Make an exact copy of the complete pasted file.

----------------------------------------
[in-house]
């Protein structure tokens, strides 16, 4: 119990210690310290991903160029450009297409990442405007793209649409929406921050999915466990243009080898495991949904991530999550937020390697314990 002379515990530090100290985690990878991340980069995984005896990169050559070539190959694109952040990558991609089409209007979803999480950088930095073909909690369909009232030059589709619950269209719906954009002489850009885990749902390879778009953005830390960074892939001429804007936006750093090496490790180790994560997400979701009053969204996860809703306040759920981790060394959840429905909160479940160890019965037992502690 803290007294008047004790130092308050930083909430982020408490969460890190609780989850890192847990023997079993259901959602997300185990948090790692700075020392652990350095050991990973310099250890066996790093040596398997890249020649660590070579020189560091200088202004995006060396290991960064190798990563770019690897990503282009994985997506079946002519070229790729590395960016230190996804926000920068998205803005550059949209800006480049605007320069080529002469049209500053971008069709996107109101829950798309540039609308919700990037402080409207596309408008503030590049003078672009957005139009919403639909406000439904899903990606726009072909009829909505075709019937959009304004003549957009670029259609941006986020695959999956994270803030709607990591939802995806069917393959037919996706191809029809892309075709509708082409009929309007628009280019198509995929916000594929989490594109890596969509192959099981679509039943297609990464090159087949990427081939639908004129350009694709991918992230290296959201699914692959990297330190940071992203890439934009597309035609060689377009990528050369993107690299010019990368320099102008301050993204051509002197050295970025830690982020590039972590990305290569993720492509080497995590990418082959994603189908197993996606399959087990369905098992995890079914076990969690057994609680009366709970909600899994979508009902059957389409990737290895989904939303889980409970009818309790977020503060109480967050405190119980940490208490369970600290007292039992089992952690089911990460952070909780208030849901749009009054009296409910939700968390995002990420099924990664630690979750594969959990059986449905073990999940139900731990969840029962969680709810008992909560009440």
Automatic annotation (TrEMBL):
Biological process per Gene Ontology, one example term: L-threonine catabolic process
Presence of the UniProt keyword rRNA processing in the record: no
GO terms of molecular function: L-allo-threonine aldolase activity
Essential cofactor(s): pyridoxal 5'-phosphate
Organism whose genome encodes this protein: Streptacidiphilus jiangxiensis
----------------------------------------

[in-house]
């Protein structure tokens, strides 16, 4: 119990210690310290991903160029450009297409990442405007793209649409929406921050999915466990243009080898495991949904991530999550937020390697314990 002379515990530090100290985690990878991340980069995984005896990169050559070539190959694109952040990558991609089409209007979803999480950088930095073909909690369909009232030059589709619950269209719906954009002489850009885990749902390879778009953005830390960074892939001429804007936006750093090496490790180790994560997400979701009053969204996860809703306040759920981790060394959840429905909160479940160890019965037992502690 803290007294008047004790130092308050930083909430982020408490969460890190609780989850890192847990023997079993259901959602997300185990948090790692700075020392652990350095050991990973310099250890066996790093040596398997890249020649660590070579020189560091200088202004995006060396290991960064190798990563770019690897990503282009994985997506079946002519070229790729590395960016230190996804926000920068998205803005550059949209800006480049605007320069080529002469049209500053971008069709996107109101829950798309540039609308919700990037402080409207596309408008503030590049003078672009957005139009919403639909406000439904899903990606726009072909009829909505075709019937959009304004003549957009670029259609941006986020695959999956994270803030709607990591939802995806069917393959037919996706191809029809892309075709509708082409009929309007628009280019198509995929916000594929989490594109890596969509192959099981679509039943297609990464090159087949990427081939639908004129350009694709991918992230290296959201699914692959990297330190940071992203890439934009597309035609060689377009990528050369993107690299010019990368320099102008301050993204051509002197050295970025830690982020590039972590990305290569993720492509080497995590990418082959994603189908197993996606399959087990369905098992995890079914076990969690057994609680009366709970909600899994979508009902059957389409990737290895989904939303889980409970009818309790977020503060109480967050405190119980940490208490369970600290007292039992089992952690089911990460952070909780208030849901749009009054009296409910939700968390995002990420099924990664630690979750594969959990059986449905073990999940139900731990969840029962969680709810008992909560009440």
Automatic annotation (TrEMBL):
Biological process per Gene Ontology, one example term: L-threonine catabolic process
Presence of the UniProt keyword rRNA processing in the record: no
GO terms of molecular function: L-allo-threonine aldolase activity
Essential cofactor(s): pyridoxal 5'-phosphate
Organism whose genome encodes this protein: Streptacidiphilus jiangxiensis